Large volume leukapheresis (LVL) is increasingly used to collect peripheral blood stem cells (PBSCs) and other mononuclear cells (MNC) for hematopoietic and immune reconstitution, with recent emphasis on increased processing volumes. Decreases in divalent cation levels caused by administration of citrate anticoagulant during LVL can be associated with severe donor reactions, and may limit the rate at which blood can be processed. Several donors at NIH experienced citrate-related hypocalcemic tetany during LVL, in response to which we developed standard operating procedures for the routine administration of prophylactic intravenous calcium solutions during longer apheresis procedures. Other centers have utilized heparin to reduce the amount of citrate returned to the donor, however, this exposes the donor to systemic anticoagulation and may be associated with hematomas or clumping of the apheresis product.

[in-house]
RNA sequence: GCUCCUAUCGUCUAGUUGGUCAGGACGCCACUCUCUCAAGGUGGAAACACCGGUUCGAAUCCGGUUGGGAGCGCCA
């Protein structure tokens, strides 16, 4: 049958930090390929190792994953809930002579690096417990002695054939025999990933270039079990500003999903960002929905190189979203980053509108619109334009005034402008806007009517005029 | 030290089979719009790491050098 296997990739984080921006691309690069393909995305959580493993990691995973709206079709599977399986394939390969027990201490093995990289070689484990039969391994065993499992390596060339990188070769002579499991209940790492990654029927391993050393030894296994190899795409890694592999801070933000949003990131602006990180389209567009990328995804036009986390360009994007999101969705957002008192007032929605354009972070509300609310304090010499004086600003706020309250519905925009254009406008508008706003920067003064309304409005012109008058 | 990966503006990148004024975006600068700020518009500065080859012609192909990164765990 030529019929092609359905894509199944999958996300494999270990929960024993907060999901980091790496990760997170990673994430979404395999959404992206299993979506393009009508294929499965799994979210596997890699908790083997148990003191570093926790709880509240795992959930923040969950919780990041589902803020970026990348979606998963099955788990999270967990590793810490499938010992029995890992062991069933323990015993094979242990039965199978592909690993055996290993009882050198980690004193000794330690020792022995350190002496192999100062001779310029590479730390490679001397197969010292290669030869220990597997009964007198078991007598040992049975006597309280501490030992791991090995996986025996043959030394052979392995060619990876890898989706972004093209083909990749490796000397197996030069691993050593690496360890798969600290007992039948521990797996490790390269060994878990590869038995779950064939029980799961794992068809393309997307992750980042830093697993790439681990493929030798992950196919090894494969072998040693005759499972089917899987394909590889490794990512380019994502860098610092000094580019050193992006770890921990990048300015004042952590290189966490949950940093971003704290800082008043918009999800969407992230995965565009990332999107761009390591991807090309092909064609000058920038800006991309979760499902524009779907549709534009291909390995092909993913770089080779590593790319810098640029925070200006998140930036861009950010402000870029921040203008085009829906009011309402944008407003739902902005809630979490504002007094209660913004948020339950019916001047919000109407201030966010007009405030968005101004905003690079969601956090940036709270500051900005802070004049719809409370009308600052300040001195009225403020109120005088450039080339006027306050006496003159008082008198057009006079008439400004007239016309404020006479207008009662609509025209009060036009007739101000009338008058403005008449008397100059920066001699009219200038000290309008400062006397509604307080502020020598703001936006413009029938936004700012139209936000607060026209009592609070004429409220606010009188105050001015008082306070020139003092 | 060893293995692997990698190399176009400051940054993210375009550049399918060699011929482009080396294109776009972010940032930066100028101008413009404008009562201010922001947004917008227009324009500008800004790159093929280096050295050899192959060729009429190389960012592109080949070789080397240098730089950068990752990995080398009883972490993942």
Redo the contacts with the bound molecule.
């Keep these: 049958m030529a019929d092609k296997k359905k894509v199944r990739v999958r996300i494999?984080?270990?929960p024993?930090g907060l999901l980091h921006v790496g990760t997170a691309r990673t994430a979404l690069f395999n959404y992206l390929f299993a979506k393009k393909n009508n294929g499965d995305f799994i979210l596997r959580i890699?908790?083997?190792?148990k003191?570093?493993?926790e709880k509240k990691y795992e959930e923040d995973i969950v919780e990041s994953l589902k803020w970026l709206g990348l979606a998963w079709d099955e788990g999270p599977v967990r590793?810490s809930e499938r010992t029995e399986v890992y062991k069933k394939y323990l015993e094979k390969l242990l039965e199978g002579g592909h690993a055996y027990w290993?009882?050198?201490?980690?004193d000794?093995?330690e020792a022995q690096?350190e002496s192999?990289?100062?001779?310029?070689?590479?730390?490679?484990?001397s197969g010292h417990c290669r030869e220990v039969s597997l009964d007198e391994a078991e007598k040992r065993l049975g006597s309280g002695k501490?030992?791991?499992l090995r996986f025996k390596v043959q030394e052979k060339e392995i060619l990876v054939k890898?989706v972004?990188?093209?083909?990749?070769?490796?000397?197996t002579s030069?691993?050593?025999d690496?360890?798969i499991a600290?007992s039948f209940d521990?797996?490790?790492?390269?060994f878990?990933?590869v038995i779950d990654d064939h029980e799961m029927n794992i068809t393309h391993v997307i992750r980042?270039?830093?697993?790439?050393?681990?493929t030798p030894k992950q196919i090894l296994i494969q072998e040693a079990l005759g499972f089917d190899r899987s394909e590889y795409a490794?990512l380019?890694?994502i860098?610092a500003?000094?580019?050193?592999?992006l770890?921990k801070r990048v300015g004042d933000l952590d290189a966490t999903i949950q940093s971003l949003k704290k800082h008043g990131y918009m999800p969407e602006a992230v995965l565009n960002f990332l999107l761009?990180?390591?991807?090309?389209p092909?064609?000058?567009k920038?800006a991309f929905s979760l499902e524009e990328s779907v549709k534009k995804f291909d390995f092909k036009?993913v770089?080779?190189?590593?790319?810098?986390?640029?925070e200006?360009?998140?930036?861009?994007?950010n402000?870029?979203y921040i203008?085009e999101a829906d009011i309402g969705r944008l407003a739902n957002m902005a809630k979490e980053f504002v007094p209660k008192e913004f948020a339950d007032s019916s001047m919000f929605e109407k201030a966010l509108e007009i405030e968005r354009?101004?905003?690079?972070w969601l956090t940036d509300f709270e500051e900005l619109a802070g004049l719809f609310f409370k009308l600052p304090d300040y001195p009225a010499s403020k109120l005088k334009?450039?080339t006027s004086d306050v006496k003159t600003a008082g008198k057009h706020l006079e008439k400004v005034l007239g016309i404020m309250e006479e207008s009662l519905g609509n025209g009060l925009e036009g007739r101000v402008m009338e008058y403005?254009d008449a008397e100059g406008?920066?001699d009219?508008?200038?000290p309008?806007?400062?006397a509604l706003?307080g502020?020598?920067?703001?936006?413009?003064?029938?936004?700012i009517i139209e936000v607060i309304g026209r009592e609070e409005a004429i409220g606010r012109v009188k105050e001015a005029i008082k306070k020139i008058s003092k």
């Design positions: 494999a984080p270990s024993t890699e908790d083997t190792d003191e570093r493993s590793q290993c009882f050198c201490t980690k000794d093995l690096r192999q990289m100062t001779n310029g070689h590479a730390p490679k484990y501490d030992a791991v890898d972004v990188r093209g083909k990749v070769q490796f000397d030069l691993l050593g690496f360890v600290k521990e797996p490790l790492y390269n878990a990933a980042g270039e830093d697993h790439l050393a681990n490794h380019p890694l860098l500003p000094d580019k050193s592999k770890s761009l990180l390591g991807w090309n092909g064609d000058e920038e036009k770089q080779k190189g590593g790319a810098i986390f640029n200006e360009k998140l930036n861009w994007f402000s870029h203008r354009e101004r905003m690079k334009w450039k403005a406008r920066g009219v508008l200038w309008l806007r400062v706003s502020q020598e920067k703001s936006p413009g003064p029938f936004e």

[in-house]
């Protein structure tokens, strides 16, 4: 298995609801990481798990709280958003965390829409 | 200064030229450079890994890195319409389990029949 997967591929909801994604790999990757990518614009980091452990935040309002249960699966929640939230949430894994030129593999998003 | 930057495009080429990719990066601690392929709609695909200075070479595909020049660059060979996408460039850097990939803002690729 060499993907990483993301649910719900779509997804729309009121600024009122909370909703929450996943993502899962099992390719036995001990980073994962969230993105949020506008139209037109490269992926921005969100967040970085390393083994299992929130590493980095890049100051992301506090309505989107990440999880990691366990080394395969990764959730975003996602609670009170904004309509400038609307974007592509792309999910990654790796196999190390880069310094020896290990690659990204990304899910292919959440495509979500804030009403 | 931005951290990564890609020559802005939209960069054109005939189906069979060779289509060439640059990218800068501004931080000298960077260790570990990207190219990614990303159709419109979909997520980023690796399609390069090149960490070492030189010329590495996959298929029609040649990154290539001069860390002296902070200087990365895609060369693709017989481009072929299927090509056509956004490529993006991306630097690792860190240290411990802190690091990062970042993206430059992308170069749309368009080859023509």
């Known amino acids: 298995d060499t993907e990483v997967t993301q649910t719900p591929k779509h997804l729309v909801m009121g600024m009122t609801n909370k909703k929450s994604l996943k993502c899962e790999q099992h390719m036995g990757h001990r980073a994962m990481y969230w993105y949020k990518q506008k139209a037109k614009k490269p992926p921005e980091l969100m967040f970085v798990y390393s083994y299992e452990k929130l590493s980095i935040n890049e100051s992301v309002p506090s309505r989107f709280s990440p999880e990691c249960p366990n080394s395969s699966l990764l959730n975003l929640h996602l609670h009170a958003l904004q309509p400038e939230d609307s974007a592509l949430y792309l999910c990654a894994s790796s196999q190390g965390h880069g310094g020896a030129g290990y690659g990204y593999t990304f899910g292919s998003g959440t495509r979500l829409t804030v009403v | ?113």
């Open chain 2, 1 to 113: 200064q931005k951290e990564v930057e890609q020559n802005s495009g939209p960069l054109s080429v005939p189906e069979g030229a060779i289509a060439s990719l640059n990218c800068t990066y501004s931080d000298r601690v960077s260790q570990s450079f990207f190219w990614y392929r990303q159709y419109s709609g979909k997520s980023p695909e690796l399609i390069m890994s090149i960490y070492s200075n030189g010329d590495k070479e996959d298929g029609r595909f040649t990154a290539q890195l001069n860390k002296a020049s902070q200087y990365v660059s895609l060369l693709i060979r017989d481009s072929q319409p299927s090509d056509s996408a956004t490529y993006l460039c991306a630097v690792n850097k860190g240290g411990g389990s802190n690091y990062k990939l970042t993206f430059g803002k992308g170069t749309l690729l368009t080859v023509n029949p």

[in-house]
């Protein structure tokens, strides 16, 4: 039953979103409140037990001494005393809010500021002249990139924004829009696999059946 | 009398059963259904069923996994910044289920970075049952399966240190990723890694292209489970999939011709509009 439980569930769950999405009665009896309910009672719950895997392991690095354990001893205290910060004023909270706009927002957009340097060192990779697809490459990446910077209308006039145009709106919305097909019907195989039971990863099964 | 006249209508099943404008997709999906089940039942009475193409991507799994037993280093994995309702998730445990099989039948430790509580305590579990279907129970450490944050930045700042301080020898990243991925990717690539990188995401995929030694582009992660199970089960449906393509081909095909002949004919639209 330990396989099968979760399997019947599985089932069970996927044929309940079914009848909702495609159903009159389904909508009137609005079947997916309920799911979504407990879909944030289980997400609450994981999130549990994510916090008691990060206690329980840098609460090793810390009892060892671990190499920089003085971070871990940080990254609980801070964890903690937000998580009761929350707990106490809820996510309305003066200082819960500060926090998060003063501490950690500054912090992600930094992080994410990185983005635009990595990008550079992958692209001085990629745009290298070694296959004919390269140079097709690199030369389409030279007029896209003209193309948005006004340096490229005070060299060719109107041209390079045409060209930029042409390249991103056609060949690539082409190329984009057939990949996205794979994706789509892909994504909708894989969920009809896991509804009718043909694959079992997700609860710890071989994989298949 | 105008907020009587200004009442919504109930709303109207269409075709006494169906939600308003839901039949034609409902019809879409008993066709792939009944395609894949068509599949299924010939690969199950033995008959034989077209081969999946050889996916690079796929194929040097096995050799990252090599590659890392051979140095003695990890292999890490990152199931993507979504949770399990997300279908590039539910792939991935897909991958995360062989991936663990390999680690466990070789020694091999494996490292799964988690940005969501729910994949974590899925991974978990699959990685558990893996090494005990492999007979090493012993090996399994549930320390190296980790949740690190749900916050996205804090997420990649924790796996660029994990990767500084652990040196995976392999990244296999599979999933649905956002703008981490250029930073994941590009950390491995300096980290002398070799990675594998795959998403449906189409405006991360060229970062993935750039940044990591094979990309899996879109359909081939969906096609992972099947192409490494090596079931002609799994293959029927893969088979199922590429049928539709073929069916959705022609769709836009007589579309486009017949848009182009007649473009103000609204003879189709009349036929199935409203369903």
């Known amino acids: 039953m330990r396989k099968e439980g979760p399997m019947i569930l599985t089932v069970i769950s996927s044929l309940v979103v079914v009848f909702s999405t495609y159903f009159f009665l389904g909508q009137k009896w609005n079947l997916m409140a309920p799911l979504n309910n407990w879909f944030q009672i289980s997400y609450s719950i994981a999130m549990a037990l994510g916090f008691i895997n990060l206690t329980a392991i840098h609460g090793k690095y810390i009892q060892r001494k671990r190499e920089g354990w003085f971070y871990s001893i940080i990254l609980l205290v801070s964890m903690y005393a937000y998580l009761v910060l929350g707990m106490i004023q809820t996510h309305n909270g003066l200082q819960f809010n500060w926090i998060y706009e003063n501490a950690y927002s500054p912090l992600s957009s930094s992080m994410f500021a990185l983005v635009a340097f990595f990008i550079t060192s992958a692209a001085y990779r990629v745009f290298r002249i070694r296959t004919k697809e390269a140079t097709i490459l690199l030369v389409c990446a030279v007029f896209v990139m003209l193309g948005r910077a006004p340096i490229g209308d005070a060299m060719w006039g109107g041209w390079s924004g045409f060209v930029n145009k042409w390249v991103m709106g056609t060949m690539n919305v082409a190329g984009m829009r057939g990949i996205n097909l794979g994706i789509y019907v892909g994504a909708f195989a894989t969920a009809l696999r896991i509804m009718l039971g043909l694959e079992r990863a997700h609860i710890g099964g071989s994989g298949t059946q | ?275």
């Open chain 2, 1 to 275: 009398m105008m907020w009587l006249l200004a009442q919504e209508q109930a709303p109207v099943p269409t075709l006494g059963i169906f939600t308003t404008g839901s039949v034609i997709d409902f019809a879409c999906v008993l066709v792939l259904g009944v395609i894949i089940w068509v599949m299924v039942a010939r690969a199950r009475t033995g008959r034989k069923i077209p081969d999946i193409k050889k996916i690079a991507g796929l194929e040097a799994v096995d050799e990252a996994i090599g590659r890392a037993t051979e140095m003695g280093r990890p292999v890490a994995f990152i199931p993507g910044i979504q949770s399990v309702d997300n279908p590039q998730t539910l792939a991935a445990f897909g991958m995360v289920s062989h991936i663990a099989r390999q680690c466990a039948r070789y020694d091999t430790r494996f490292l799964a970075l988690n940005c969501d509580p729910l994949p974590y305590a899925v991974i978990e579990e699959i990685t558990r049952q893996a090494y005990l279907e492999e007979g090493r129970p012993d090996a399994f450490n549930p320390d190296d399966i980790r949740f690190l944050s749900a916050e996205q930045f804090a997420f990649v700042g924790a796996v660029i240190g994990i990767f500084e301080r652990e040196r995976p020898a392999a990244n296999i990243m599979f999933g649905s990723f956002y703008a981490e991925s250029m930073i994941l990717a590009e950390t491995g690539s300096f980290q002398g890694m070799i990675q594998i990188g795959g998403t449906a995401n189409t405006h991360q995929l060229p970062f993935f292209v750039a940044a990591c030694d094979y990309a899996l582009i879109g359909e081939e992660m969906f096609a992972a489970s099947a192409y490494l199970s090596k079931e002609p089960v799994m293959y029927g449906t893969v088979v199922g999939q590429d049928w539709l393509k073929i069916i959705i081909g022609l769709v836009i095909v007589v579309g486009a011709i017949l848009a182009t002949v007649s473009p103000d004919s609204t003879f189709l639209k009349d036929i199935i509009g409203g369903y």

We previously determined that citrate administration during apheresis results in significant excretion of calcium and magnesium in the urine during the procedure, and that performance of prolonged or repeated LVL causes significant depletion of blood calcium and magnesium levels. Decreases in calcium levels were ameliorated during procedures performed with prophylactic calcium administration. Our preliminary studies also demonstrated that ionized magnesium levels were markedly reduced during LVL as well as plateletpheresis procedures. The clinical impact of severe, acute decreases in ionized magnesium levels in healthy apheresis donors is not clear, however. Since most of the adverse effects related to citrate administration can be prevented by prophylactic calcium administration, it is unknown what aspect of the remaining discomfort may be attributable to hypomagnesemia. This protocol will focus on determining the contribution of acute hypomagnesemia to citrate-related symptoms during large-volume apheresis, and establishing the role of and indications for prophylactic intravenous magnesium replacement in this setting. The study plan will consist of a prospective, randomized, placebo-controlled, double-blind study. Healthy allogeneic donors will be assigned to one of two treatment groups. One group will receive intravenous magnesium infusions throughout scheduled LVL procedures; the other group will receive equivalent volume infusions of normal saline. Symptoms and blood samples will be obtained by apheresis nurses and laboratory assays will be performed by associate laboratory investigators, all in a blinded fashion.